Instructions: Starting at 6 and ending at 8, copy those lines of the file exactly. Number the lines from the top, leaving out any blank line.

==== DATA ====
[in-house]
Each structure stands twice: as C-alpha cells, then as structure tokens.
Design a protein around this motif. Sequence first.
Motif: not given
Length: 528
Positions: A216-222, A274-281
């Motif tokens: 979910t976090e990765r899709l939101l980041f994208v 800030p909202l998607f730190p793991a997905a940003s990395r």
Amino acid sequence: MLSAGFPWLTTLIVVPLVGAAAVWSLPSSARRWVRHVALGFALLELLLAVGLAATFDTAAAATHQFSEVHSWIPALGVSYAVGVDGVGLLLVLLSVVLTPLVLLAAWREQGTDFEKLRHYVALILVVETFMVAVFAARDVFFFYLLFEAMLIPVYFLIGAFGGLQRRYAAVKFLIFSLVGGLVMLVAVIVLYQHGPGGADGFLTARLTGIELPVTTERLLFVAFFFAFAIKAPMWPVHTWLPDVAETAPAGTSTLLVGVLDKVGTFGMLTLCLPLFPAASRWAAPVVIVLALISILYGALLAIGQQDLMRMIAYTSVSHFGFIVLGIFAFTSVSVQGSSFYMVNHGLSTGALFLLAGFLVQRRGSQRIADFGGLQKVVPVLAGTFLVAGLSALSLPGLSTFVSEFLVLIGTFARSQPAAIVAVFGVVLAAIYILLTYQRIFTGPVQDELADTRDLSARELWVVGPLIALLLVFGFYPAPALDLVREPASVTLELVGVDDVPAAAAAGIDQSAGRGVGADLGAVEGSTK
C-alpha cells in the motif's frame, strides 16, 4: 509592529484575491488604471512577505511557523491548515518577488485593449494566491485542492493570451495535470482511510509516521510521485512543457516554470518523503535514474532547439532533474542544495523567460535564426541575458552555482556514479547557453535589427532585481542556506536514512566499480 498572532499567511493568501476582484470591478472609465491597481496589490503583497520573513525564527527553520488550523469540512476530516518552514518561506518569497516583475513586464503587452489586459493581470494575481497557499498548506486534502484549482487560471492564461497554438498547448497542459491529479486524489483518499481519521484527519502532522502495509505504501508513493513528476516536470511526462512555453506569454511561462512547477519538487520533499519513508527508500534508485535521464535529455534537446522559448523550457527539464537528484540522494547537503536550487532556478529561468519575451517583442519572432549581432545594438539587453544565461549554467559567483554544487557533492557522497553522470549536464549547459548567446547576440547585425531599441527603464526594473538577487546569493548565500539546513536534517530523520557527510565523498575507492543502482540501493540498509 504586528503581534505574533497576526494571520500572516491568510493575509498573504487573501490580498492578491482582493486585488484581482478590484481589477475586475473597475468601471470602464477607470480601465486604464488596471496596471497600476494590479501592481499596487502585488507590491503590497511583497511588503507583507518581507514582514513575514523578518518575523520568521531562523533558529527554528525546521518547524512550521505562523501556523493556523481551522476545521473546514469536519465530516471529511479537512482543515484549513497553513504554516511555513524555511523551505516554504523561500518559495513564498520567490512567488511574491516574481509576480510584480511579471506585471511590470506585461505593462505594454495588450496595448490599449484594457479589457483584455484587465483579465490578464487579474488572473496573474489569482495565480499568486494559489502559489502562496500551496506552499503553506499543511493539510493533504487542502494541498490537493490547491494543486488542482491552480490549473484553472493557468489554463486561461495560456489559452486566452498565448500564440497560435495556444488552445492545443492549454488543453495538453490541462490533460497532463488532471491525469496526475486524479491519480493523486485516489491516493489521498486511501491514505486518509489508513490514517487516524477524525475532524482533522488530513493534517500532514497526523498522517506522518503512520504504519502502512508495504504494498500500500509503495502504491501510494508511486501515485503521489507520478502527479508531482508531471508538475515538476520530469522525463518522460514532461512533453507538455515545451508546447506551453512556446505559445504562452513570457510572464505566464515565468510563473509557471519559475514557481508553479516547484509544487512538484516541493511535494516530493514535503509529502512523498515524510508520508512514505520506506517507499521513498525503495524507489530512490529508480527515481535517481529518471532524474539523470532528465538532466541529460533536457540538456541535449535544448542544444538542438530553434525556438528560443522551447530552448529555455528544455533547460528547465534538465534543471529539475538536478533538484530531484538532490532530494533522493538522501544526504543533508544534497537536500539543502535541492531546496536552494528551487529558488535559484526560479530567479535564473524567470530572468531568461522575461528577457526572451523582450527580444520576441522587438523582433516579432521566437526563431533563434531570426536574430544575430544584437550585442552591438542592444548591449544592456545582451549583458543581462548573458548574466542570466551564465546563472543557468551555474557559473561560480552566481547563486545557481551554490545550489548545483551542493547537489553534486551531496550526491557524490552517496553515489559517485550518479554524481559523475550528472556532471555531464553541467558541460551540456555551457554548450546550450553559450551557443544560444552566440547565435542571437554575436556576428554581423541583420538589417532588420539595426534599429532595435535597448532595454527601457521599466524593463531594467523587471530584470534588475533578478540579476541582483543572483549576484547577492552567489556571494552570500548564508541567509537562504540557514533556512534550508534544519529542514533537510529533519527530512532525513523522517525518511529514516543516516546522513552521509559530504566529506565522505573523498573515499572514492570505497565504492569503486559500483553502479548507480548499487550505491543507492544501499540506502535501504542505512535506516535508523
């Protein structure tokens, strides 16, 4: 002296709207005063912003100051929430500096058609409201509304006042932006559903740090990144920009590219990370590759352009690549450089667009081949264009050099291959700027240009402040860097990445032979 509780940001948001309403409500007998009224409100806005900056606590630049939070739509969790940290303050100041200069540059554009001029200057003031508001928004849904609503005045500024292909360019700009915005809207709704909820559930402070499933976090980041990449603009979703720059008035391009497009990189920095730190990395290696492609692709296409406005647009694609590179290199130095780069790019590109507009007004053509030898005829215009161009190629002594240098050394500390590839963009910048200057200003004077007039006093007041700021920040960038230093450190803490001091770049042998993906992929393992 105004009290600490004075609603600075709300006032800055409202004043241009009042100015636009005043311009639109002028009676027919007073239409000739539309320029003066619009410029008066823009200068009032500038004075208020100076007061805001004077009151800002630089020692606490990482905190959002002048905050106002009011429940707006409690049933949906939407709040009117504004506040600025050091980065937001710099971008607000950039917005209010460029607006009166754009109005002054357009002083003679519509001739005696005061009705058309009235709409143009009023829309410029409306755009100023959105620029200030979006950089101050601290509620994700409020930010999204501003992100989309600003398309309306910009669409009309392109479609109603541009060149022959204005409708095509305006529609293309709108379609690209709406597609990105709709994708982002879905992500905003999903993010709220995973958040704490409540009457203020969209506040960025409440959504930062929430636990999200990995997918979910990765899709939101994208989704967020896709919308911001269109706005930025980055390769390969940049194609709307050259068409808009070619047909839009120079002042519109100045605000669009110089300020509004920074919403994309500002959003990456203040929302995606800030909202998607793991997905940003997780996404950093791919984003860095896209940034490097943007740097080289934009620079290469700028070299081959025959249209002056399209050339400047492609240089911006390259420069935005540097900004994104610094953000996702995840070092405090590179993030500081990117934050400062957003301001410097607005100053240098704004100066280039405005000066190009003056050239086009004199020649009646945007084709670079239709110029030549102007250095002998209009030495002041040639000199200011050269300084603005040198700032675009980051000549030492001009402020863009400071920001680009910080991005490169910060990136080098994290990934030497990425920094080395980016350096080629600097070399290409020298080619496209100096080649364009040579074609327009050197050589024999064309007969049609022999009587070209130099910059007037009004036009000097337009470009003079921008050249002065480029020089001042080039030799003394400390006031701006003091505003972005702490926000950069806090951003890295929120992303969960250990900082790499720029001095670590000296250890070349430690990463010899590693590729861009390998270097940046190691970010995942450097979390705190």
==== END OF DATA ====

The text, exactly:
Positions: A216-222, A274-281
């Motif tokens: 979910t976090e990765r899709l939101l980041f994208v 800030p909202l998607f730190p793991a997905a940003s990395r």
Amino acid sequence: MLSAGFPWLTTLIVVPLVGAAAVWSLPSSARRWVRHVALGFALLELLLAVGLAATFDTAAAATHQFSEVHSWIPALGVSYAVGVDGVGLLLVLLSVVLTPLVLLAAWREQGTDFEKLRHYVALILVVETFMVAVFAARDVFFFYLLFEAMLIPVYFLIGAFGGLQRRYAAVKFLIFSLVGGLVMLVAVIVLYQHGPGGADGFLTARLTGIELPVTTERLLFVAFFFAFAIKAPMWPVHTWLPDVAETAPAGTSTLLVGVLDKVGTFGMLTLCLPLFPAASRWAAPVVIVLALISILYGALLAIGQQDLMRMIAYTSVSHFGFIVLGIFAFTSVSVQGSSFYMVNHGLSTGALFLLAGFLVQRRGSQRIADFGGLQKVVPVLAGTFLVAGLSALSLPGLSTFVSEFLVLIGTFARSQPAAIVAVFGVVLAAIYILLTYQRIFTGPVQDELADTRDLSARELWVVGPLIALLLVFGFYPAPALDLVREPASVTLELVGVDDVPAAAAAGIDQSAGRGVGADLGAVEGSTK